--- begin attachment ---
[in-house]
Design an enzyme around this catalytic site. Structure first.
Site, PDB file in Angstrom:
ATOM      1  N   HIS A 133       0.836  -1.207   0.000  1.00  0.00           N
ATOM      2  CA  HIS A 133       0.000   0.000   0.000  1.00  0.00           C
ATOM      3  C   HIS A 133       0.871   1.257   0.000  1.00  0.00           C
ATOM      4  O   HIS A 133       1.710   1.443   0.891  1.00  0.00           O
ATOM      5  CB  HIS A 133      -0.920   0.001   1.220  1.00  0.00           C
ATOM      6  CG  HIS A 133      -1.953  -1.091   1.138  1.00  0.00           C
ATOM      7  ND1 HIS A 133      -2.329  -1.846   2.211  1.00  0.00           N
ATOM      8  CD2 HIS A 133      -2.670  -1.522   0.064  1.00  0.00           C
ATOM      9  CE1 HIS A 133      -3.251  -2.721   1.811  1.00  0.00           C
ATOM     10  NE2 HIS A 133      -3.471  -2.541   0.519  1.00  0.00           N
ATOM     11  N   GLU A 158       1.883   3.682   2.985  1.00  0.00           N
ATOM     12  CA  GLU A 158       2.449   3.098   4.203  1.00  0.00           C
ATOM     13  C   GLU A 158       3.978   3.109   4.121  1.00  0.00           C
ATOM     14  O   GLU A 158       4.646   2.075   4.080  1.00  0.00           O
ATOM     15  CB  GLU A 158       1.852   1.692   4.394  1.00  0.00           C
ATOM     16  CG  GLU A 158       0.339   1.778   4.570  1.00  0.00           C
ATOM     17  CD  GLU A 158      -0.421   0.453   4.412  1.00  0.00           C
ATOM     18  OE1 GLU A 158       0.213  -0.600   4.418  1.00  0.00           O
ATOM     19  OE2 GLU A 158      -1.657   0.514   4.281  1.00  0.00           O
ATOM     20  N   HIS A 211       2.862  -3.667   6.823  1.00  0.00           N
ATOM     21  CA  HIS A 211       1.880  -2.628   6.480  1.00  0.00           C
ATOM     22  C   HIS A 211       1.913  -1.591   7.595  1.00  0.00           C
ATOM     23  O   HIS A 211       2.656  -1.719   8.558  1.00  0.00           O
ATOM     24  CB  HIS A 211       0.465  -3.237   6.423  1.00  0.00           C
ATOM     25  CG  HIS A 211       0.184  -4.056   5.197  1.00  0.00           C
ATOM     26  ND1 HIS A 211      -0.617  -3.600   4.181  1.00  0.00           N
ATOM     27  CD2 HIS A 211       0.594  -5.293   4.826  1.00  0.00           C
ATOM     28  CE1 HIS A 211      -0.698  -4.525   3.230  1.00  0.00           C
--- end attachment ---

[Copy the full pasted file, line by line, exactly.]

[in-house]
Design an enzyme around this catalytic site. Structure first.
Site, PDB file in Angstrom:
ATOM      1  N   HIS A 133       0.836  -1.207   0.000  1.00  0.00           N
ATOM      2  CA  HIS A 133       0.000   0.000   0.000  1.00  0.00           C
ATOM      3  C   HIS A 133       0.871   1.257   0.000  1.00  0.00           C
ATOM      4  O   HIS A 133       1.710   1.443   0.891  1.00  0.00           O
ATOM      5  CB  HIS A 133      -0.920   0.001   1.220  1.00  0.00           C
ATOM      6  CG  HIS A 133      -1.953  -1.091   1.138  1.00  0.00           C
ATOM      7  ND1 HIS A 133      -2.329  -1.846   2.211  1.00  0.00           N
ATOM      8  CD2 HIS A 133      -2.670  -1.522   0.064  1.00  0.00           C
ATOM      9  CE1 HIS A 133      -3.251  -2.721   1.811  1.00  0.00           C
ATOM     10  NE2 HIS A 133      -3.471  -2.541   0.519  1.00  0.00           N
ATOM     11  N   GLU A 158       1.883   3.682   2.985  1.00  0.00           N
ATOM     12  CA  GLU A 158       2.449   3.098   4.203  1.00  0.00           C
ATOM     13  C   GLU A 158       3.978   3.109   4.121  1.00  0.00           C
ATOM     14  O   GLU A 158       4.646   2.075   4.080  1.00  0.00           O
ATOM     15  CB  GLU A 158       1.852   1.692   4.394  1.00  0.00           C
ATOM     16  CG  GLU A 158       0.339   1.778   4.570  1.00  0.00           C
ATOM     17  CD  GLU A 158      -0.421   0.453   4.412  1.00  0.00           C
ATOM     18  OE1 GLU A 158       0.213  -0.600   4.418  1.00  0.00           O
ATOM     19  OE2 GLU A 158      -1.657   0.514   4.281  1.00  0.00           O
ATOM     20  N   HIS A 211       2.862  -3.667   6.823  1.00  0.00           N
ATOM     21  CA  HIS A 211       1.880  -2.628   6.480  1.00  0.00           C
ATOM     22  C   HIS A 211       1.913  -1.591   7.595  1.00  0.00           C
ATOM     23  O   HIS A 211       2.656  -1.719   8.558  1.00  0.00           O
ATOM     24  CB  HIS A 211       0.465  -3.237   6.423  1.00  0.00           C
ATOM     25  CG  HIS A 211       0.184  -4.056   5.197  1.00  0.00           C
ATOM     26  ND1 HIS A 211      -0.617  -3.600   4.181  1.00  0.00           N
ATOM     27  CD2 HIS A 211       0.594  -5.293   4.826  1.00  0.00           C
ATOM     28  CE1 HIS A 211      -0.698  -4.525   3.230  1.00  0.00           C